Disease at a Glance: Bronchitis

Bronchitis refers to the inflammation of the mucous membranes (or linings) of the bronchial tube that carry air from the nose to the lungs. The most common cause of bronchitis is virus or bacteria, normally a result of cold or respiratory infection. When a virus/bacteria attacks the bronchial tubes, the latter get inflammed and produce extra mucous that needs to be coughed out.


Bronchitis is an inflammation of the bronchial tubes and patients present themselves with complaints of cough and copious amount of thick sputum. It can be caused by smoking or illnesses like cold or flu when they begin to infect the respiratory system.


There are two types of bronchitis – acute bronchitis and chronic bronchitis. Acute bronchitis appears after an episode of respiratory tract infection, which can be caused by a virus or by a bacteria.


Common Symptoms

Cough & white-yellow-greenish mucous 
Cold with low-grade fever
Heaviness in the chest
Shortness of breath in severe cases


Chronic bronchitis, on the other hand, does not have a sudden onset and is most frequently caused by long-term irritation of the bronchial tubes. As a thumb rule guide, a case of bronchitis is considered to be chronic if the symptoms continue for three months or longer.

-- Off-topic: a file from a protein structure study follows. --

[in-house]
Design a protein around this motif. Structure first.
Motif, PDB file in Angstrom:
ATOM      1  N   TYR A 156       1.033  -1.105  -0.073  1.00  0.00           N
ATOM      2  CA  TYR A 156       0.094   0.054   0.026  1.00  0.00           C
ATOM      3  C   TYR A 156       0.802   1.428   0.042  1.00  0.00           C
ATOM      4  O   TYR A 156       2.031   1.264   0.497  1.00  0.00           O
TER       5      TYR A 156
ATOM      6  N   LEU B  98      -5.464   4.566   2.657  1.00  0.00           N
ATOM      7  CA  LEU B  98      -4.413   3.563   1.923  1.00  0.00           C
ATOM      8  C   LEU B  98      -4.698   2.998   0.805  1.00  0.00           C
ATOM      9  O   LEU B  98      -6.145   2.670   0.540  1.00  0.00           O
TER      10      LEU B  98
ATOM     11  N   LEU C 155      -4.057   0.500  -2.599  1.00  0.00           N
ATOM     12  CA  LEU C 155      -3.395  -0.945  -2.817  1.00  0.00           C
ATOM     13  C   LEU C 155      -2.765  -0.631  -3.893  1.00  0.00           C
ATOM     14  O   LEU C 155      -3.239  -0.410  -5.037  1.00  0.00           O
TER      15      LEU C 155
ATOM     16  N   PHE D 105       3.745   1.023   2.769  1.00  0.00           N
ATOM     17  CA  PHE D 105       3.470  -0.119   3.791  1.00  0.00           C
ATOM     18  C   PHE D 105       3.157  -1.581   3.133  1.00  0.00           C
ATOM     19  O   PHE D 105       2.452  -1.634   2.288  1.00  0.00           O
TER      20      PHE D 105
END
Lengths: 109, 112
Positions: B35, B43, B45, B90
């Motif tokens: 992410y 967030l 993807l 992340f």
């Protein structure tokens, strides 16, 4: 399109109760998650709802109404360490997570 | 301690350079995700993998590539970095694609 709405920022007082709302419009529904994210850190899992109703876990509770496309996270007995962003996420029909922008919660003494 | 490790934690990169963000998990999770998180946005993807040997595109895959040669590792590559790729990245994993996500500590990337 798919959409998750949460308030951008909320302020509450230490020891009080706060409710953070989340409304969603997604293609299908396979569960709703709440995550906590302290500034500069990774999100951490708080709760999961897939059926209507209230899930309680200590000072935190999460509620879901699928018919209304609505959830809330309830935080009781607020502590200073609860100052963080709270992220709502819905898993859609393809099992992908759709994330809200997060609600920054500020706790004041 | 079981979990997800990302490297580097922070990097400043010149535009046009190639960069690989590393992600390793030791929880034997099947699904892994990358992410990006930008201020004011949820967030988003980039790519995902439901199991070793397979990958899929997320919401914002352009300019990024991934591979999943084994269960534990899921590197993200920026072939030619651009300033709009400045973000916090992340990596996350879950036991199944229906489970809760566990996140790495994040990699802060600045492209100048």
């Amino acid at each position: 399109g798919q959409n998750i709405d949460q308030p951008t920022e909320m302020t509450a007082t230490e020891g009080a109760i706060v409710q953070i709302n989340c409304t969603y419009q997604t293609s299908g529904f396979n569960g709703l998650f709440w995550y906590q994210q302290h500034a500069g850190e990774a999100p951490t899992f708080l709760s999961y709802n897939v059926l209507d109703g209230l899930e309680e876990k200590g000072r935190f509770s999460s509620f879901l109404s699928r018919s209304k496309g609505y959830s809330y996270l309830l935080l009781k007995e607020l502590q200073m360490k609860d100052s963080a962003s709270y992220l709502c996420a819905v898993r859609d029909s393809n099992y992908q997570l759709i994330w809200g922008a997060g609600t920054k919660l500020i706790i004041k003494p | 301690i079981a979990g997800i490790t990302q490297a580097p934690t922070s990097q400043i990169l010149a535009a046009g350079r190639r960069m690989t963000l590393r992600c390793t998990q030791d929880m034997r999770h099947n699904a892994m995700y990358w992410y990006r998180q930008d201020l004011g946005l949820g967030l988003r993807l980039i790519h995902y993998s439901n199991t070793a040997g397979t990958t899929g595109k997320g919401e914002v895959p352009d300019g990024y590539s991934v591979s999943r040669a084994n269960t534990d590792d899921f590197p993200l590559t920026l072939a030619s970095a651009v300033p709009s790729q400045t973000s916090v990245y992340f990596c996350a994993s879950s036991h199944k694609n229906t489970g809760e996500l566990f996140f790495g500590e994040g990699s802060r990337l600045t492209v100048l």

Some believe that chronic bronchitis is a type of COPD (Chronic Obstructive Pulmonary Disease). Chronic bronchitis is caused by allergens present in the environment and exposure to airborne pollutants like cigarette smoking, etc.   


This condition, called Acute Bronchitis, is characterized by a whooping kind of cough (typically at the back of the throat) and is accompanied by white-yellow-greenish mucous. The infection usually lasts for 7- 10 days, although the cough may continue for a few more weeks.


Chronic Bronchitis, on the other hand, is characterized by a persistent cough that lasts for months on end. Cigarette smoking is the most common cause of Chronic Bronchitis. Prolonged and continuous exposure to certain air pollutants may also cause this condition. Unlike Acute Bronchitis, it is not easy to cough up the sputum because it is thicker. This makes it easier for the virus or bacteria to settle in the lower respiratory tract and damage the lungs. Antibiotics are usually prescribed for Chronic Bronchitis – steroids may also be given in extreme cases.


Key Diagnostic Tests: Chest X-ray, Lung Function Test, Sputum Examination


Additional Tests: Blood Oxygen Test, Complete Blood Count


Doctor Specialty: Pulmonologist / Internist (Internal Medicine)


Common Products: Respiratory Exerciser, Pulse Oximeter, Humidifier, Vaporizer, etc.



1) American Lung Association (
2) US National Library of Medicine (


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